Dear subscribers of The Marion County Express,
Nobody asked me to say that, but I thought I should.
I’m saying thank you because you’re paying money for something I believe is essential to democracy: the local newspaper.
Owner Steve Woodhouse is doing something bold, beautiful, and terrifying: He’s trying to build a print newspaper in the 21st century.
I think he’s crazy.
But he pays me a little bit of money to write about high school football games and a column in the vein of Andy Rooney.
When I think about it, that’s all I ever wanted to do in journalism.
Watch sports for money and complain about small problems with nice turns of phrase.
But the Express is about more than me or any one person that contributes to its weekly edition.
It tells people what its local governments and school districts do with their tax money.
That’s an important function, one that the state’s larger newspapers have lost sight of in chasing viral stories that will get lots of clicks and ad views but don’t do so much to keep the subscribers informed.
You might have read Gannett laid off another 400 employees and eliminated another 400 open positions.
This includes Iowa’s largest newspaper, or at least it used to be, the Des Moines Register.
Gannett ordered the smaller newspapers the chain owns in Iowa to take the brunt of the cuts such as the Iowa City Press-Citizen, the Burlington Hawk Eye, and other newspapers.
Gannett overlords say they want to preserve their larger assets, like the Register.
This is a fine irony since their business leadership is a reason why those newspapers struggle so badly.
Some of you know I used to work at the Register.
That used to be my dream job.
But since about 2005, every day was haunted by the notion that today was the day you would get the call that your job was cut, and your career was over.
I lived with that for 15 years. It was like living at a hospice without the morphine drip.
The end finally came in 2020 during the pandemic.
I tried to get back on the way a hungry rat tries to get through a maze to the cheese.
It was a dead end.
I was 45 at the time and nobody wanted someone to who they had to pay more than just out-of-college wages.
The constant worry about trying to score big on internet metrics plus the fear of losing my job ultimately left me hating journalism.
I tried TV journalism and quickly failed at it.
I went to graduate school and became a middle school teacher.
I spend my days being bullied by 11-year-olds, but it is still better than life in 21st-century journalism.
Except for the Express.
God bless the Express.
These are not my best bylines, but they may be the purist in years.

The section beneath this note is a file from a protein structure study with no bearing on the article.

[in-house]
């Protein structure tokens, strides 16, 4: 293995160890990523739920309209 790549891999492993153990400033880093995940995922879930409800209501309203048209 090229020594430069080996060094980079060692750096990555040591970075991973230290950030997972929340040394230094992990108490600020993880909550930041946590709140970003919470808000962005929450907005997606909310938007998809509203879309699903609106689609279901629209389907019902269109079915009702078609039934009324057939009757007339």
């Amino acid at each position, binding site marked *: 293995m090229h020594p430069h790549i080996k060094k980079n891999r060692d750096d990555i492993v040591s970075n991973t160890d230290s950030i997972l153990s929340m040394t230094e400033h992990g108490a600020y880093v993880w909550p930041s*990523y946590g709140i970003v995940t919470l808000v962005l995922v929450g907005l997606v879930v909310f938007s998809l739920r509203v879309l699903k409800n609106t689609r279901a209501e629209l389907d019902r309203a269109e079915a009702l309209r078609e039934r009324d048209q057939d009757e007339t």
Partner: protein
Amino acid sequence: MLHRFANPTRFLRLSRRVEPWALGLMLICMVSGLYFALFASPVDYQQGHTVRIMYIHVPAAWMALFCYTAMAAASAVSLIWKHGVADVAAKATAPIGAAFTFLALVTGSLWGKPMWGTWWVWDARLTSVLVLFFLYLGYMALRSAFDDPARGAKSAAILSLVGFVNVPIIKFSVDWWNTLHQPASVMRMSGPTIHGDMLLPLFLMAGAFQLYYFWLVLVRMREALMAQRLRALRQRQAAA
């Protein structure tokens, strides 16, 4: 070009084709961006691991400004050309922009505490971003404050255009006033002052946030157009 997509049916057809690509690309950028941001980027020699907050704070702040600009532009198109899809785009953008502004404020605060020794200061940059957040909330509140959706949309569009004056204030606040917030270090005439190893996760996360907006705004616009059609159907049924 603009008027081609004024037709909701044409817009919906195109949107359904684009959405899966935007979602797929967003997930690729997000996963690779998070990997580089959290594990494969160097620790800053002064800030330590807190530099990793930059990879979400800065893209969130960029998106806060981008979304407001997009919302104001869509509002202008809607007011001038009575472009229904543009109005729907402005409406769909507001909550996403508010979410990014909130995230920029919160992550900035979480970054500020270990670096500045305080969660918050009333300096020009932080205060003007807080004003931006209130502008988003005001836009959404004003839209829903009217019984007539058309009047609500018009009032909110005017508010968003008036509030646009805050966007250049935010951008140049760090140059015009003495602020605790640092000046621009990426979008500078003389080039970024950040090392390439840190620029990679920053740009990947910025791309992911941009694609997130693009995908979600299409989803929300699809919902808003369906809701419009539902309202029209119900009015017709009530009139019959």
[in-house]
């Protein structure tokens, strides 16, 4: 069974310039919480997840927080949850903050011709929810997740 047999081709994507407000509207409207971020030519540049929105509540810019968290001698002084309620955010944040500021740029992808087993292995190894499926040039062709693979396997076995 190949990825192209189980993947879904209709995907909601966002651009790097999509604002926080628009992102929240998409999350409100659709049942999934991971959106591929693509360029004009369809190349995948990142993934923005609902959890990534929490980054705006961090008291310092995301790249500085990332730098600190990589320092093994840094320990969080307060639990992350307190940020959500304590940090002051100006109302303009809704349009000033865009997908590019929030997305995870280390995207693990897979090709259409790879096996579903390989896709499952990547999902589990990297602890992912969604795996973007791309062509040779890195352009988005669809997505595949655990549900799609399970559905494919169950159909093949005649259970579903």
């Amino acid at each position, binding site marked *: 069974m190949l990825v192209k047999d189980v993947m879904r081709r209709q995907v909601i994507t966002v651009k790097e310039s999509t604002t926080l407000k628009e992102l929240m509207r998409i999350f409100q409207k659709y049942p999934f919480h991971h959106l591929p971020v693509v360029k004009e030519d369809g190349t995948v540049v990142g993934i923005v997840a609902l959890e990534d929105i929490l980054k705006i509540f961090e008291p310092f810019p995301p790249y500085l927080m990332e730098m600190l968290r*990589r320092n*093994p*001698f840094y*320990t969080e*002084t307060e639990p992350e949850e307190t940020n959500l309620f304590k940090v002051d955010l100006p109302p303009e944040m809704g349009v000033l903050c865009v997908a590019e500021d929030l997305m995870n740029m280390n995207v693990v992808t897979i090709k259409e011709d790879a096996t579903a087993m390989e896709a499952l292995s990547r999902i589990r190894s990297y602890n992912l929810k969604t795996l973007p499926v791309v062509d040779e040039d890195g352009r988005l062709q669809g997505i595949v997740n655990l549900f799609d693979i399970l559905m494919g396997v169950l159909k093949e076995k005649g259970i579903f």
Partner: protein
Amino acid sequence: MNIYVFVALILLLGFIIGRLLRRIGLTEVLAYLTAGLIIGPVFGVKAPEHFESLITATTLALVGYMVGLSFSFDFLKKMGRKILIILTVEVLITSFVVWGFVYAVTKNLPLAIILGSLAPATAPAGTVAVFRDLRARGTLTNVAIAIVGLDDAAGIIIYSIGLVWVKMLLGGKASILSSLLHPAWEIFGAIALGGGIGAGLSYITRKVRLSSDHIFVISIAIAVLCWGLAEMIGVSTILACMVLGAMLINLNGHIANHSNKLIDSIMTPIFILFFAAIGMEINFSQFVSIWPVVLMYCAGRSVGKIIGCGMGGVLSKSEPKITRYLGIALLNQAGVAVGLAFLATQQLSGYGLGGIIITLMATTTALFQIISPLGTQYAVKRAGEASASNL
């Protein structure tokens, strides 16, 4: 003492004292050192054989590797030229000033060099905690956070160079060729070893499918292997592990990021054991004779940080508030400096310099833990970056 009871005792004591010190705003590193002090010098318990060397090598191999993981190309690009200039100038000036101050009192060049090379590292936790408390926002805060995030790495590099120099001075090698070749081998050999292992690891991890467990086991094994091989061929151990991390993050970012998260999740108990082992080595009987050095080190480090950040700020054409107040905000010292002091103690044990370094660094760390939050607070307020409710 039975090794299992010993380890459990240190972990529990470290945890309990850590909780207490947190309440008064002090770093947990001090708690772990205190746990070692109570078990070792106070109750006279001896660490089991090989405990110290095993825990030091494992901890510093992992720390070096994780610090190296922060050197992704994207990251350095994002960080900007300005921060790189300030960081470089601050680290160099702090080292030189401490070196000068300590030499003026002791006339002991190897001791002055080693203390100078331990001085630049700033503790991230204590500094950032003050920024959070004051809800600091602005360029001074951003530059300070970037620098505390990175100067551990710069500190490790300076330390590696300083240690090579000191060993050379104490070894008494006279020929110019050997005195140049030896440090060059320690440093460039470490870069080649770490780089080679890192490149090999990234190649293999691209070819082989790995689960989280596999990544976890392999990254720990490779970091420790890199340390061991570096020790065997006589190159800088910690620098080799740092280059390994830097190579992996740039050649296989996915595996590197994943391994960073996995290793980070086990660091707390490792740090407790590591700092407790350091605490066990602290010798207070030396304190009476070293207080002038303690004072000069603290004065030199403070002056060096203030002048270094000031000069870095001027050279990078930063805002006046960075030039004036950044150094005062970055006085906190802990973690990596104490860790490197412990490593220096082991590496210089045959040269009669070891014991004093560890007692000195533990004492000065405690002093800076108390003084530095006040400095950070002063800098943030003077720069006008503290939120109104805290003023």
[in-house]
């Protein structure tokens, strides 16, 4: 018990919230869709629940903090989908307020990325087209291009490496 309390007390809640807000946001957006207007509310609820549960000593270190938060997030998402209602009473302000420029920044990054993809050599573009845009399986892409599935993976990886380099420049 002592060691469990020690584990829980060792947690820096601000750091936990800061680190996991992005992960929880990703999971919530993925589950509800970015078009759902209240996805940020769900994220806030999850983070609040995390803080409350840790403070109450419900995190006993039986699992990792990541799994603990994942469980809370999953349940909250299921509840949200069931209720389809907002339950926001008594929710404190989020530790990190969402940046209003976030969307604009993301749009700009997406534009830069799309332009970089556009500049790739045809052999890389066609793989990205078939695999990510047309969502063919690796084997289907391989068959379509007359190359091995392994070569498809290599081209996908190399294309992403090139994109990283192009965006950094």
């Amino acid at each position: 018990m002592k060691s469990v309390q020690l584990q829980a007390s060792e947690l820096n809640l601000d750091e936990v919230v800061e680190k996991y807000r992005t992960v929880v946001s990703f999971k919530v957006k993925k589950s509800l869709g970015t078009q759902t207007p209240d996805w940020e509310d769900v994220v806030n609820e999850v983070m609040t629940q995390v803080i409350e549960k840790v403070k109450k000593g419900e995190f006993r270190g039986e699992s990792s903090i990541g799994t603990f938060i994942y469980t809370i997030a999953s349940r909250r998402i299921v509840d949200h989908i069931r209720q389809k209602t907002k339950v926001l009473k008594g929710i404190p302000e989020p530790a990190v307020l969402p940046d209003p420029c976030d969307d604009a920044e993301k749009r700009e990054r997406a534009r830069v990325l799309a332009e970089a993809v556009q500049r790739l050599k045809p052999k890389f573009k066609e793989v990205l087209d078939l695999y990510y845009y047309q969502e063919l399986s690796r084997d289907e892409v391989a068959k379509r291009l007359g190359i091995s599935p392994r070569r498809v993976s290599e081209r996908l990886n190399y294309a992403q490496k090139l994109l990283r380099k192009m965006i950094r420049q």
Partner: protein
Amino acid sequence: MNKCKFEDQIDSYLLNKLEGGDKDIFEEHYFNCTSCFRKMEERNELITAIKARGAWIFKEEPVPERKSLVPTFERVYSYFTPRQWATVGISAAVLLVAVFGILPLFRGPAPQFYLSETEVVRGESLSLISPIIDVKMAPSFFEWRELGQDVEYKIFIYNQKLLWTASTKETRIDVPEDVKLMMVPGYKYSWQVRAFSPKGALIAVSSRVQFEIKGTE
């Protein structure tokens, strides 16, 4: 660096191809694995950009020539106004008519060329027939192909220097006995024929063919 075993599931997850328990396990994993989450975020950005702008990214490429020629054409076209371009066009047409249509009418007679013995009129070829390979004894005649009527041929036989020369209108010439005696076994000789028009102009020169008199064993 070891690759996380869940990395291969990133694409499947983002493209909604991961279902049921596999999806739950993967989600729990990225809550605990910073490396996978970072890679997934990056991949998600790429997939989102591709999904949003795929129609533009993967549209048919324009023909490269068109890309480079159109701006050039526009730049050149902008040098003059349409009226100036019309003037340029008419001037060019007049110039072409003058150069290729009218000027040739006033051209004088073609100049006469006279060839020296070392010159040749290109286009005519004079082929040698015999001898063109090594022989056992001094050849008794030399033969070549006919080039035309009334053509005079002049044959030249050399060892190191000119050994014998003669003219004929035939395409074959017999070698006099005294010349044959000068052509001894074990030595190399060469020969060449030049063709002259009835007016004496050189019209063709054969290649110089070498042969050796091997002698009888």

The stories I write about city councils, school boards, or county supervisors are dry, with no flair, and without adverbs and adjectives.
But they tell you what is going on.
I live in Des Moines. I work remotely. I watch local ball games on YouTube.
I’m not trying to be Tony Kornheiser or Michael Wilbon.
I’m just trying to get as many local kids’ names into the paper as possible so their families will have a reason to clip out the game story whether the local team was blown out or blew the opposition out.
My columns are just me, little riffs on the oddities of life.
I avoid politics and religion.
Nobody needs another political analyst and I leave the religion to the clerics.
Woodhouse, my friend, and my boss have not announced layoffs.
He has instead aggressively pursued advertising revenues.
He got me to work for him just by asking if I would be willing to write a column for him.
I am vain enough that I still like seeing my name in print.
There’s something about that which seems to make my writing more official than a blog post.
It’s old-school thinking, but I am old-school and so is the Express.
It’s just a little newspaper trying to tell people of Marion County what’s going on in their communities.
The kind of people who care about what’s going on took it hard from those hedge funds and corporate goons.
Those types killed the Pella Chronicle and the Knoxville Journal-Express, the oldest of which dated back to at least 1860.
I don’t get rich off this gig. It’s a side hustle for me.
But it allows me to keep my pinky toe in a trade I spent most of my working life in.
And if anything I write amuses you or, even better, informs you about what’s going on in your community, then I’ve done my job properly.
That’s an opportunity provided to me by the Express and your loyal readership.
As previously stated: God bless the Express.
And our readers, too.
Middle school teacher Daniel P. Finney writes a column for the Marion County Express.
Daniel P. Finney wrote for newspapers for 27 years before being laid off in 2020. He teaches middle school English now. He writes columns and podcasts for ParagraphStacker.com, a free, reader-supported website. Please consider donating $10 a month to help him cover the expenses of this site.
Post: 1217 24th St., Apt. 36, Des Moines, 50311.
Of course you are correct. Local journalism is an essential part of democracy that not only holds local government accountable but also creates a shared culture. Small screens are no substitute for large sheets of newsprint. Bravo to both the Express and to you!